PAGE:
“I get paid to guard these four trees. During the wet season I paddle around them every day. Some of the villagers hate me because I protect nature. I often have to arrest my neighbours for robbing nests, collecting eggs and for catching monkeys. Many of them complain that they live in the village but can’t find any work and that I am the only one who has a job and gets paid.”
Oehn, like Sokha, is 50. He used to be a hunter and by definition, a poacher, too. He still has his crocodile harpoon and his 5-pronged spear for the really big fish. Oehn lives in Prek Toal, a floating village on the north-eastern shores of the Tonle Sap. Prek Toal comprises a community of about 800 families tethered to half-submerged trees not far from the mouth of the Sange Ke River.
Oehn is not a big traveller. In fact, he has made two big trips in his entire life – both of them to Siem Reap in search of a doctor for his sick children. The distance to Siem Reap is 25 km.
Oehn´s world, the 25 000 ha biosphere in Prek Toal is haven to some of Nature’s rarest birds – from the greater adjutant stork (leptoptilos dubius) to the spot-billed pelican (Pelecanus philippensis). 7 globally threatened bird species nest in Oehn´s “territory”. Only 10 breeding pairs of the masked finfoot (heliopais personata) nest in the Prek Toal sanctuary.
Oehn cannot read or write. His oldest daughter Somnang can read but then the Khmer Rouge came to power and abolished education so the other four children remained illiterate. Oehn´s father died of starvation during the Khmer Rouge regime. Two brothers were killed by US bombs during the Vietnam war. His mother died of disease. Oehn has no idea when.
Chhem has borne Oehn five children. Oehn´s son Som is 20 years old. He earns his living as a fisherman and hopes to save 800 dollars which is the minimum required as a dowry in Prek Toal. Som thinks it will take him 7 years to amass this small fortune. Then he will ask his father and mother to go bride-shopping in the village. If their choice appeals to him, and the bride agrees, he will move in to live with her family for a 6 month test period. No, he will not be testing the bride. Her family will be examining Som to see if he will make it as the husband of their daughter.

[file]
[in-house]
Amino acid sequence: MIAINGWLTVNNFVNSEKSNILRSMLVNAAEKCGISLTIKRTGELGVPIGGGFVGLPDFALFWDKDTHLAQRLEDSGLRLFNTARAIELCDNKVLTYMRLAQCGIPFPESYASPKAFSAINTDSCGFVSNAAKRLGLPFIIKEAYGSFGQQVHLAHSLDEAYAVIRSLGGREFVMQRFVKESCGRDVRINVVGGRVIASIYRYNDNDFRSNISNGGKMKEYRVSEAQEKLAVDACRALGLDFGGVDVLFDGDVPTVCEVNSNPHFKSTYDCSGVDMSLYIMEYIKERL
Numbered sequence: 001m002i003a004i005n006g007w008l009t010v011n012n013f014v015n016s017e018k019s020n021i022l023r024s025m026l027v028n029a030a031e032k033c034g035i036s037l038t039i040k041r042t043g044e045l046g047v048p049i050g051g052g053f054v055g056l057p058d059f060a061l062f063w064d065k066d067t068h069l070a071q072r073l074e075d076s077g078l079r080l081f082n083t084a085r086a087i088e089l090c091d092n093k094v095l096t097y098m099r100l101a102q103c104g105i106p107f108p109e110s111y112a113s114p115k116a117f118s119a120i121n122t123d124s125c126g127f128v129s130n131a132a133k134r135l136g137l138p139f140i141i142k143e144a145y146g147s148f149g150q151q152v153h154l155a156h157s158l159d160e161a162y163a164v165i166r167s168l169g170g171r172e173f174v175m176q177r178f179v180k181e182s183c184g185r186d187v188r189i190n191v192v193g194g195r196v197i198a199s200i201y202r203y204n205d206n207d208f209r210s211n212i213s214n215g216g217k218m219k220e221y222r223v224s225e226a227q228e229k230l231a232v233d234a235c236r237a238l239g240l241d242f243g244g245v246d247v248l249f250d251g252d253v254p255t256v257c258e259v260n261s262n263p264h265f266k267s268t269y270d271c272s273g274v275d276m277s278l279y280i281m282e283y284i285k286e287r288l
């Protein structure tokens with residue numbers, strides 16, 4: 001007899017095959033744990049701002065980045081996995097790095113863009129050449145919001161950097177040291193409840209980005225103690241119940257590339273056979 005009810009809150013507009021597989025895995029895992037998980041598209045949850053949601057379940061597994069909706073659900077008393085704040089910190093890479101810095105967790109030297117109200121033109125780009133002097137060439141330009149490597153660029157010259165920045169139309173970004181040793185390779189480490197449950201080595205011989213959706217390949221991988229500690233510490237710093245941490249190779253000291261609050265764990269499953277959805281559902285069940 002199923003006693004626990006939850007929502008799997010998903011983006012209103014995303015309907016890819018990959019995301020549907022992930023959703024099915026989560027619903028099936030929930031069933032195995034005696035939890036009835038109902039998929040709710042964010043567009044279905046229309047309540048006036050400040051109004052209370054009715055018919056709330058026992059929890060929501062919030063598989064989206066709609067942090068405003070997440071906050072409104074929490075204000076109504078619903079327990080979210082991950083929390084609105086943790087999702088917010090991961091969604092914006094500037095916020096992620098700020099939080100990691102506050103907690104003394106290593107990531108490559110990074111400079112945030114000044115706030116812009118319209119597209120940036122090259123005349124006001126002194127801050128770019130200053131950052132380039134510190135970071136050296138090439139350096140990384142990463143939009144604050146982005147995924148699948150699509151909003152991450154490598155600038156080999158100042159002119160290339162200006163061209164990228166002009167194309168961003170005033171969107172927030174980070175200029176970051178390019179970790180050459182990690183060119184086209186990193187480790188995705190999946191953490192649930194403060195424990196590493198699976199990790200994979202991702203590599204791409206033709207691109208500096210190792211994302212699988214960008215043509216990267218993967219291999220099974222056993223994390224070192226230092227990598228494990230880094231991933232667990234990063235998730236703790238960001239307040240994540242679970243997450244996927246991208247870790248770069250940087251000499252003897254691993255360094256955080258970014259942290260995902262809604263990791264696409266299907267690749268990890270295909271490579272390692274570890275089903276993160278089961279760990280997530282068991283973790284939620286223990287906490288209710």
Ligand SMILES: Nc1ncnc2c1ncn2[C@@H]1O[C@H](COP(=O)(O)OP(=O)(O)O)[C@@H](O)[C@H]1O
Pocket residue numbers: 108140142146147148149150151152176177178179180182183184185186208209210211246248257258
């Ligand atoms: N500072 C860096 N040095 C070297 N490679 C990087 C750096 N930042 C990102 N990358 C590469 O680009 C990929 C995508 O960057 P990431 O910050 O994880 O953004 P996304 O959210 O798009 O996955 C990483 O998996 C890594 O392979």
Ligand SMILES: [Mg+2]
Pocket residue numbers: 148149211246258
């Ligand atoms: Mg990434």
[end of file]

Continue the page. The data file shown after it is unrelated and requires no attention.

Average life expectancy in Cambodia is 51.6 years. Oehn finds himself on a statistical threshold, a step away from death. His greatest fear is that he die before his wife does. As a ranger, he earns 5 USD a day, 15 days of the month. When he dies, his wife will be entirely dependant on their children.
“When I look back on my life I think I can look forward to my reincarnation. I am really looking forward to this. We humans cannot outrun death. I keep on telling my children that Death is inevitable. But we have to keep on fighting. When the father or mother fall ill then it musn´t come to pass that the child also becomes sick. The child has to struggle and earn money.”
Oehn hopes to keep protecting his four trees for some time to come. He has reached the Cambodian average of 51 years. From now on, each additional year is a small victory.